In today’s internet-driven climate, more hotel guests can voice their opinions of your hotel in a matter of minutes. These initial guests can have their opinions heard and considered by other potential hotel guests. In a matter of minutes, this hotel guests reviews can have their very own rendition of At the Movies with Gene Siskel and Roger Ebert; Only this review is about your hotel.
The ability to leave a review is real, but do hotel guest reviews really matter?
The answer is rather complicated, and before we look at both sides of the argument, some relevant information must be covered.
TripAdvisor—I am sure that you know of this channel. The customers who use the site are likely to be traveling, or they are just getting back from a trip. The shoppers tend to read 6-12 of these reviews before booking.1 TripAdvisor is a place that many customers take very seriously. This site can make or break the business of a number of potential customers.
Google—This one requires no explanation; Google reviews are important because they are featured at the top of a search engine, which receives 3.5 billion unique searches per day.
Facebook—Facebook is home to ultra-important reviews because of its scale (there are close to two billion active users on the site, in each given month 3), and its social nature; customers review an establishment, others talk about this review, and this conversation reaches and involves many, before long. If they are connected to the right influencers, the majority illusion could come spell disaster, or it could catapult your business.
Yelp—Home to hordes of opinionated readers and reviewers, Yelp is important because it is popular and widely trusted. Reviewers have a direct incentive to visit the site and let their comments be known! Many other review sources are home to several other functions, besides reviews, but Yelp is centered on the customer opinion. It is worth noting that the Harvard Business Review did a study and found that a 1-star rating increase on Yelp can subsequently increase revenues from 5-9%!4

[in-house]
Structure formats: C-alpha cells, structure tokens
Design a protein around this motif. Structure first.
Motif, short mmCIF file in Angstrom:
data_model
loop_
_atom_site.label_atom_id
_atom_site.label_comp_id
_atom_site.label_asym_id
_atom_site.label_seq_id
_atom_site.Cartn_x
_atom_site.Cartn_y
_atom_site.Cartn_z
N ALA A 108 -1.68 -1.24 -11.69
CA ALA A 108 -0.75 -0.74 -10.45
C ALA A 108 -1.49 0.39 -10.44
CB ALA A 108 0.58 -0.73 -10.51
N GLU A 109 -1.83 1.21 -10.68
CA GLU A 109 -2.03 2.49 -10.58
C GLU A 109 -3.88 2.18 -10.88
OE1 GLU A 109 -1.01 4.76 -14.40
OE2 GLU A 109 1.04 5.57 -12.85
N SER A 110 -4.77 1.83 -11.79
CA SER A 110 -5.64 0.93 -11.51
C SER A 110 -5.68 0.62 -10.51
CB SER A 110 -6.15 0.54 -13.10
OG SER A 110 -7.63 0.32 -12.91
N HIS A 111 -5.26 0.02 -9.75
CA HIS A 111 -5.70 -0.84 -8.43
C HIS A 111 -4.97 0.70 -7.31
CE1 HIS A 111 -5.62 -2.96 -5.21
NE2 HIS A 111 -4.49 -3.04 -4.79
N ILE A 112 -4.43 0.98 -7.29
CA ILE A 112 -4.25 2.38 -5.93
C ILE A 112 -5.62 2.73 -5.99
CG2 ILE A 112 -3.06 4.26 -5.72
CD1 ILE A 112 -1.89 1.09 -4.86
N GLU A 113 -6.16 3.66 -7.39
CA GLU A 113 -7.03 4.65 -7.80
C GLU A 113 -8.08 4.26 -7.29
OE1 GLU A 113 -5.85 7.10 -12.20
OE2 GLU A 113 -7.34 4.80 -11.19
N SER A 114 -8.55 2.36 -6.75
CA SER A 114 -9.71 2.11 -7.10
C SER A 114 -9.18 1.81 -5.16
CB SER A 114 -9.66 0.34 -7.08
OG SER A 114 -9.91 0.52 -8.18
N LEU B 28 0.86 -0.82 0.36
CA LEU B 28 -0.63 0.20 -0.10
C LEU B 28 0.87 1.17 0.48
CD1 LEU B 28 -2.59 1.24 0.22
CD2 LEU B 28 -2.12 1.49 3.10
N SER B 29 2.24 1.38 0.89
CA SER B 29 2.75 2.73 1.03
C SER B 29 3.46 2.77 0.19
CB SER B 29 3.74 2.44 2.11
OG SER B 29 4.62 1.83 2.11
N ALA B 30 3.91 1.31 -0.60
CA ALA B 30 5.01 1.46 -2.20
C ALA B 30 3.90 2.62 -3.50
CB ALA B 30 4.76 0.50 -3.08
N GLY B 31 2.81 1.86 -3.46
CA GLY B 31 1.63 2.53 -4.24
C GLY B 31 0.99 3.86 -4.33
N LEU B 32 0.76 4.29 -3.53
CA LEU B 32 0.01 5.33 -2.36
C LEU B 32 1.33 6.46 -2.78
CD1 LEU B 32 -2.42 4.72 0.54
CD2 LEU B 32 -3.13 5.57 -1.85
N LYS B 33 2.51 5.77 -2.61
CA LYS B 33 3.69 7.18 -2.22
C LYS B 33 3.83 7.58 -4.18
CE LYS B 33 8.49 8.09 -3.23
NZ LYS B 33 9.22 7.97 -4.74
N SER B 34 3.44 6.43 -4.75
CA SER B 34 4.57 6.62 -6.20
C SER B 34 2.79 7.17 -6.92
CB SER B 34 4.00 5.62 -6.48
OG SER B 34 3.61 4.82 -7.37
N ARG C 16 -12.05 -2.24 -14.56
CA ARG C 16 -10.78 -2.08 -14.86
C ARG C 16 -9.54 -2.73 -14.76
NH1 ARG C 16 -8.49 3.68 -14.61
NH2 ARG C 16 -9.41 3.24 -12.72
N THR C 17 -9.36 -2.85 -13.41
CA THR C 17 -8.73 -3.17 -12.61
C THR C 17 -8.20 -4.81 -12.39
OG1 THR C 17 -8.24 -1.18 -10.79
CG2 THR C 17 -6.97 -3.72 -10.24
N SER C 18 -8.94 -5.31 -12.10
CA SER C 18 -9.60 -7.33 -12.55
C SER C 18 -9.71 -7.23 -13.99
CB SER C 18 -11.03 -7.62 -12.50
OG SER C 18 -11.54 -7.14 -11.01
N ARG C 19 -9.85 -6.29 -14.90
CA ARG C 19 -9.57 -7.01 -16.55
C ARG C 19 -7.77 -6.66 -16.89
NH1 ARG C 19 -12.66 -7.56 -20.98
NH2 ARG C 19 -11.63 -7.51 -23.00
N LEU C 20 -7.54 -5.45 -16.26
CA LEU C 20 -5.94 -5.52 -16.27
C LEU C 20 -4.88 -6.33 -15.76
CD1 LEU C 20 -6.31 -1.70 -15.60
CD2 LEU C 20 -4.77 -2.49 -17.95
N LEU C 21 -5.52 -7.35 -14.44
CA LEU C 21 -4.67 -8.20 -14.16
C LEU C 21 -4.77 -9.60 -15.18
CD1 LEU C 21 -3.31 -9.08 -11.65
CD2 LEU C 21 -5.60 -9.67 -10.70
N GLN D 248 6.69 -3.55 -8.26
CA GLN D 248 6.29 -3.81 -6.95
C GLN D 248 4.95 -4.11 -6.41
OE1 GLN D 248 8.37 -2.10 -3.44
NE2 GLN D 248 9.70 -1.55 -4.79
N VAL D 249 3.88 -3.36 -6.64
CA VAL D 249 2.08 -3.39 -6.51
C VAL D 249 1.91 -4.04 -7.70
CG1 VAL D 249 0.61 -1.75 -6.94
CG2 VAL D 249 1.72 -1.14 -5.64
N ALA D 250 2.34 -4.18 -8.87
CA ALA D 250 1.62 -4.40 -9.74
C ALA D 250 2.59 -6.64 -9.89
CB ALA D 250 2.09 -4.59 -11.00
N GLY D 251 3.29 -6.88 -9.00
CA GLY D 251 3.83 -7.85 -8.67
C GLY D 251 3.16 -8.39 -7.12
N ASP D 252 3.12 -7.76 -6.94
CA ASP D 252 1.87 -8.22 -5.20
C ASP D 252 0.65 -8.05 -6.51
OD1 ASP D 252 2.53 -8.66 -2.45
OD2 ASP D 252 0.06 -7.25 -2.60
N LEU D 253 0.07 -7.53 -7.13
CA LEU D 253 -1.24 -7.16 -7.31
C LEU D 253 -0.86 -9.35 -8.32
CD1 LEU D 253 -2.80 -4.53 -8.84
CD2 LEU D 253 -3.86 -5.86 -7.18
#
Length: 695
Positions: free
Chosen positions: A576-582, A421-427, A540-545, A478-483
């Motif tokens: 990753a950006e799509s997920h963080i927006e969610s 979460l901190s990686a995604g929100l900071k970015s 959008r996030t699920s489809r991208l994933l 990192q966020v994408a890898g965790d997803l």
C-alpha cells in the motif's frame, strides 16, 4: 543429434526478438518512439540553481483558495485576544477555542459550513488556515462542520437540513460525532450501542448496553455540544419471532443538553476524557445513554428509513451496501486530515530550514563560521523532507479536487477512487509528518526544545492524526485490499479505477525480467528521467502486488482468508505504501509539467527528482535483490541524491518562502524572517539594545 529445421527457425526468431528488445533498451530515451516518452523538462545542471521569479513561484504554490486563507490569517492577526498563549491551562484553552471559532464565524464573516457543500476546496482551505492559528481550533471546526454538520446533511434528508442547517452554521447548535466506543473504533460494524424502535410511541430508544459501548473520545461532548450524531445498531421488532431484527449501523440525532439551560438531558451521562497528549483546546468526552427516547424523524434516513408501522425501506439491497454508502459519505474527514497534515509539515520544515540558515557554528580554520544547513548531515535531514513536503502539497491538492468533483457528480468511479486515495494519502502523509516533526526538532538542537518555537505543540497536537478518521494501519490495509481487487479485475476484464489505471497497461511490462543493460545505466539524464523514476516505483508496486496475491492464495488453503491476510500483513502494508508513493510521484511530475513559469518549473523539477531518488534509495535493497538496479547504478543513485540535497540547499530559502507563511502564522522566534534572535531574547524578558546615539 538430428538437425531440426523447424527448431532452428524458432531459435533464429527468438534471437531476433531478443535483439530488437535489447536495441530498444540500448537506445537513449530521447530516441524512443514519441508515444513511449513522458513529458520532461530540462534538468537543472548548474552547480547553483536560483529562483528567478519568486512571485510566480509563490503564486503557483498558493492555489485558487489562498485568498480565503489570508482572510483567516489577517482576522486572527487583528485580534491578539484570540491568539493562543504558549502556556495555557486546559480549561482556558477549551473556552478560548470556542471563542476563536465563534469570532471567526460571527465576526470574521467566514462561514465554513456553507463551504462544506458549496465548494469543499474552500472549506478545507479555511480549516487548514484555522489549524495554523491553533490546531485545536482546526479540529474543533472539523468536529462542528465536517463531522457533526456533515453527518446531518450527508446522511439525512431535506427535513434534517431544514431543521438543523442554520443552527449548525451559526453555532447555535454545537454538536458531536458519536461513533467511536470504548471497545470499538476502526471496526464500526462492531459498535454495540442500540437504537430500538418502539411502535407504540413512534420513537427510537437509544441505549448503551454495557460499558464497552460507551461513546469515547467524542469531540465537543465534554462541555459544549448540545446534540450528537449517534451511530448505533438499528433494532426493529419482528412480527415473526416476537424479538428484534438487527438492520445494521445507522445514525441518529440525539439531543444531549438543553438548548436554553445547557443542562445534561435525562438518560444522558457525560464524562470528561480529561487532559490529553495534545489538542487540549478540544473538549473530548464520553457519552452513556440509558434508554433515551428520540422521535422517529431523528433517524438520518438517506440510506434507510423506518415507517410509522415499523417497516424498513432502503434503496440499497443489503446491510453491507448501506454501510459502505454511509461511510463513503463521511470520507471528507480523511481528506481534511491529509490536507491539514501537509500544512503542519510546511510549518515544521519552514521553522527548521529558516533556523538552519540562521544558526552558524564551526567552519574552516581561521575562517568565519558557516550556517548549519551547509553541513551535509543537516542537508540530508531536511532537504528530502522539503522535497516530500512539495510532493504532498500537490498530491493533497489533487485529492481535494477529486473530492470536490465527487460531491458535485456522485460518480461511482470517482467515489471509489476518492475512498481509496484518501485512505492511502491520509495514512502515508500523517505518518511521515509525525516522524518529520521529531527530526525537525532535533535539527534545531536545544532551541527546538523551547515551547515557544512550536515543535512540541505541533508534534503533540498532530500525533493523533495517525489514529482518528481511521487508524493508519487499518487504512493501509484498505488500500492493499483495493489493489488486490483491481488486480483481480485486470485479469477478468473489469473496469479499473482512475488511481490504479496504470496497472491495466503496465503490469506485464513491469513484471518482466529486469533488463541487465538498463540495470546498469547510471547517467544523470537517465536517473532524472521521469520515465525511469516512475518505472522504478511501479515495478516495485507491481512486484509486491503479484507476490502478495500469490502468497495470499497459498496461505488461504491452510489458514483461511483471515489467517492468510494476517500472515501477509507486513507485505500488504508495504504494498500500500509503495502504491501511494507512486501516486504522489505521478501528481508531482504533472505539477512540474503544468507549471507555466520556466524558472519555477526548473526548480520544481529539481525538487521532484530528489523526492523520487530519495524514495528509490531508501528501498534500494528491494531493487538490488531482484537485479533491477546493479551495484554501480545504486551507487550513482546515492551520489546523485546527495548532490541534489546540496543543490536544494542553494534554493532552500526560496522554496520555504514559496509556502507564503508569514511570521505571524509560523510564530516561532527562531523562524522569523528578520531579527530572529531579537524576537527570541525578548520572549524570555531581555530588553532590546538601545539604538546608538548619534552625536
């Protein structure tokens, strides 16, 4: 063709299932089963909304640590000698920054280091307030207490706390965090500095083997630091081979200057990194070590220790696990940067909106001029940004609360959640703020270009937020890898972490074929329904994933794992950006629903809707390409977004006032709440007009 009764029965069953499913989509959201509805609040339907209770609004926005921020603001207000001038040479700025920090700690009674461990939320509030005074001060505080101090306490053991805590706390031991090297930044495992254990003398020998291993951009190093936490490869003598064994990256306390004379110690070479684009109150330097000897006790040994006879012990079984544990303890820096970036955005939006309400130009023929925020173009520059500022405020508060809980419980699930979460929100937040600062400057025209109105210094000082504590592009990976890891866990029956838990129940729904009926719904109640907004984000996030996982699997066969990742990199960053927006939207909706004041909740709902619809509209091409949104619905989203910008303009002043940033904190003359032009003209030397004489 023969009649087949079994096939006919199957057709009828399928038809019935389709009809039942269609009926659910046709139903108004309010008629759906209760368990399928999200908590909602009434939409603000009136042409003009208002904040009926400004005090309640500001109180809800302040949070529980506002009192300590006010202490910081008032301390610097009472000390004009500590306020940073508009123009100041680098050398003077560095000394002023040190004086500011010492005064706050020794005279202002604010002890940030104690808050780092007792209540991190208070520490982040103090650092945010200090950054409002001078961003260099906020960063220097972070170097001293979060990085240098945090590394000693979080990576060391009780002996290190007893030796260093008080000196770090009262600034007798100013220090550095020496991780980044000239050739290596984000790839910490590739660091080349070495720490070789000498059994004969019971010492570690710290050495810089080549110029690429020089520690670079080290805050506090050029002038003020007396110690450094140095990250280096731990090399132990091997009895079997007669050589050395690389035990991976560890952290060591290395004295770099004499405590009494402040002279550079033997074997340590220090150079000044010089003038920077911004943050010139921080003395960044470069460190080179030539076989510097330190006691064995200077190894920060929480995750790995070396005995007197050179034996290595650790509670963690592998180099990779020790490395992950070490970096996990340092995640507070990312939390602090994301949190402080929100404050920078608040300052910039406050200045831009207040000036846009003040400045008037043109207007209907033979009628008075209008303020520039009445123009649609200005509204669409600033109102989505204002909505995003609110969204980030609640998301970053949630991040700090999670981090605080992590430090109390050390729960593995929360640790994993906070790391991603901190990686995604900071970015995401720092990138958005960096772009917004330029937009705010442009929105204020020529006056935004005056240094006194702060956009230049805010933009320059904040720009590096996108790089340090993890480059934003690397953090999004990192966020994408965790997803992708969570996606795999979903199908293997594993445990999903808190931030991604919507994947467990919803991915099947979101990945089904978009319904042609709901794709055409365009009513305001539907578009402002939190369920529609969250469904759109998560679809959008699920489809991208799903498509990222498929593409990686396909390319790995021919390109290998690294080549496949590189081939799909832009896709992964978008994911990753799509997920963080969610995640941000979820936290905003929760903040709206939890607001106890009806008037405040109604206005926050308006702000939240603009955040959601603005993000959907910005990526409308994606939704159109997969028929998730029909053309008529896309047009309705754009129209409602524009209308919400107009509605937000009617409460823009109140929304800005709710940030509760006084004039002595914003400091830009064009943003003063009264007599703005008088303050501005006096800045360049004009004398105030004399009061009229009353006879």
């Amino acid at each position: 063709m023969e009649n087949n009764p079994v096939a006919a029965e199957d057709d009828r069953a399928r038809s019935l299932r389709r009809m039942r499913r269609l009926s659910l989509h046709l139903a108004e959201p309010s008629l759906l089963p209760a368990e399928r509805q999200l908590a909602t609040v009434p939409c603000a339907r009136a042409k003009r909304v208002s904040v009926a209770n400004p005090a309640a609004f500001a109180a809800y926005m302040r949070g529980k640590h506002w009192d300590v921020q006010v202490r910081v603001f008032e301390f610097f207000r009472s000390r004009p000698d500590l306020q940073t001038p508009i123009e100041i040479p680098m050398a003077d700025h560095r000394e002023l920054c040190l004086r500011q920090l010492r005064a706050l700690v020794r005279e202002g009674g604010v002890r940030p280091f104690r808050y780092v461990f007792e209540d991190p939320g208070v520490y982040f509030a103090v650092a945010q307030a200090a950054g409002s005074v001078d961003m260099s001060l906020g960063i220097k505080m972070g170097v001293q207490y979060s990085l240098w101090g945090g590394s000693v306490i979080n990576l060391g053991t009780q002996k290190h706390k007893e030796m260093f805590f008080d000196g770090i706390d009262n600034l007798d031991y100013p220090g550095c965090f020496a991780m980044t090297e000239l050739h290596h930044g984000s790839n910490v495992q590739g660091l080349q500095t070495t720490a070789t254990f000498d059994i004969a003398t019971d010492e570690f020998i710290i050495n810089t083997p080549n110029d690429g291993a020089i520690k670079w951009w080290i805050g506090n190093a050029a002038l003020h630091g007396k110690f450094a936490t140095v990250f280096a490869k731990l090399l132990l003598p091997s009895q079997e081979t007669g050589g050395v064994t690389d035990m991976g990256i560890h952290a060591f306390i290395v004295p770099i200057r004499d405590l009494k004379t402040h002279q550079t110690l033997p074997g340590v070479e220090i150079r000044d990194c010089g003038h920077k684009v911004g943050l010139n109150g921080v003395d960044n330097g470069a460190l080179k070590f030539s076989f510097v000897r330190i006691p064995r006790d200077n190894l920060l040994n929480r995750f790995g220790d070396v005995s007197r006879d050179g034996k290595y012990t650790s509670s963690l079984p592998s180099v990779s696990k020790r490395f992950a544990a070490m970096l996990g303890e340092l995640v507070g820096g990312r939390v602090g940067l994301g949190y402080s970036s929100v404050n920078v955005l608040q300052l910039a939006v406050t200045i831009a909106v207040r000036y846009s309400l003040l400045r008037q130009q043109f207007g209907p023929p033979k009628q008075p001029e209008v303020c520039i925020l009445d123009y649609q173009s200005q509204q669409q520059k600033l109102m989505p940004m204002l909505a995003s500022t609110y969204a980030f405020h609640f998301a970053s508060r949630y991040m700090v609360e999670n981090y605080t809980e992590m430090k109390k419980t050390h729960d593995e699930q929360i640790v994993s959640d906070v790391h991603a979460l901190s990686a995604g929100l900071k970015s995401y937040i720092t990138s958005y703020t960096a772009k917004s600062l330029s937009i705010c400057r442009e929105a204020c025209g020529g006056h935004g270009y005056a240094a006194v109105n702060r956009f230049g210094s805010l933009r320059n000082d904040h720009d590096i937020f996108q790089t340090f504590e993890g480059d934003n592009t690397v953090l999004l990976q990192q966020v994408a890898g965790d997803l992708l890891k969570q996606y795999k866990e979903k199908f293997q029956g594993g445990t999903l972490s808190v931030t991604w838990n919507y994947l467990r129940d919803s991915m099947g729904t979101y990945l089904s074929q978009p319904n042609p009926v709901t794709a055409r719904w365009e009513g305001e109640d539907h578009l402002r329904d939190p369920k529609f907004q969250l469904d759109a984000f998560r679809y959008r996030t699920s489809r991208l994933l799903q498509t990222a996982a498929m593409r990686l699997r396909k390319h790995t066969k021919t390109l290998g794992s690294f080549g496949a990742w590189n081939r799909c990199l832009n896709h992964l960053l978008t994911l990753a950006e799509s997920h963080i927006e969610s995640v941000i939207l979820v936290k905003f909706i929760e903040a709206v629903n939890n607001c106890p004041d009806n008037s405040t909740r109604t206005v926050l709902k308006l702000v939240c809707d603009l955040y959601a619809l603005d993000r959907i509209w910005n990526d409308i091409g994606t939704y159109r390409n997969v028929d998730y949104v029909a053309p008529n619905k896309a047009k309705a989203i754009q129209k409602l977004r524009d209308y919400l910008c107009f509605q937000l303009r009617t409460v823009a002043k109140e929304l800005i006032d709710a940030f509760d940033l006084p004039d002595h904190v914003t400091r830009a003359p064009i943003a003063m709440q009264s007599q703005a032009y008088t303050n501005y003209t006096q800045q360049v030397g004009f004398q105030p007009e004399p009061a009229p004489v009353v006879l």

Now that some of today’s leading review sites—especially in relation to hotels—have been
detailed, let’s begin to answer the question presented by the title of this piece: do hotel guest reviews matter?
Since you now have some statistics on the effectiveness of these platforms, a great place to start in this analysis is the “yes” side of the argument.
Yes, Hotel Reviews Do Matter
There are several reasons that hotel reviews matter to hotel management. You can also make the case that they correlate directly with customers’ decisions to book with an establishment. If a hotel has many negative reviews about the same issue, then customers can draw conclusions that the issue is in fact, real. Furthermore, if hotels are not addressing the negative guest reviews, this could speak to a larger issue.
Frankly, most customers take advantage of online reviews before deciding on a hotel. There have been quite a few surveys and studies performed which demonstrate this truth; generally, 46% of potential customers are likely or certain to book a hotel based on online reviews, while 43% of potential customers aren’t likely to or won’t consult online reviews before making their decision.
Online reviews matter, as they will be consulted with increasing frequency in the near and distant future.
Now, let’s look at the other side of the argument.
No, Hotel Guests Reviews Don’t Matter
There are also some clear-cut reasons supporting the idea that hotel reviews don’t matter.
I started this article because I read a recent Cornell Study, which stated: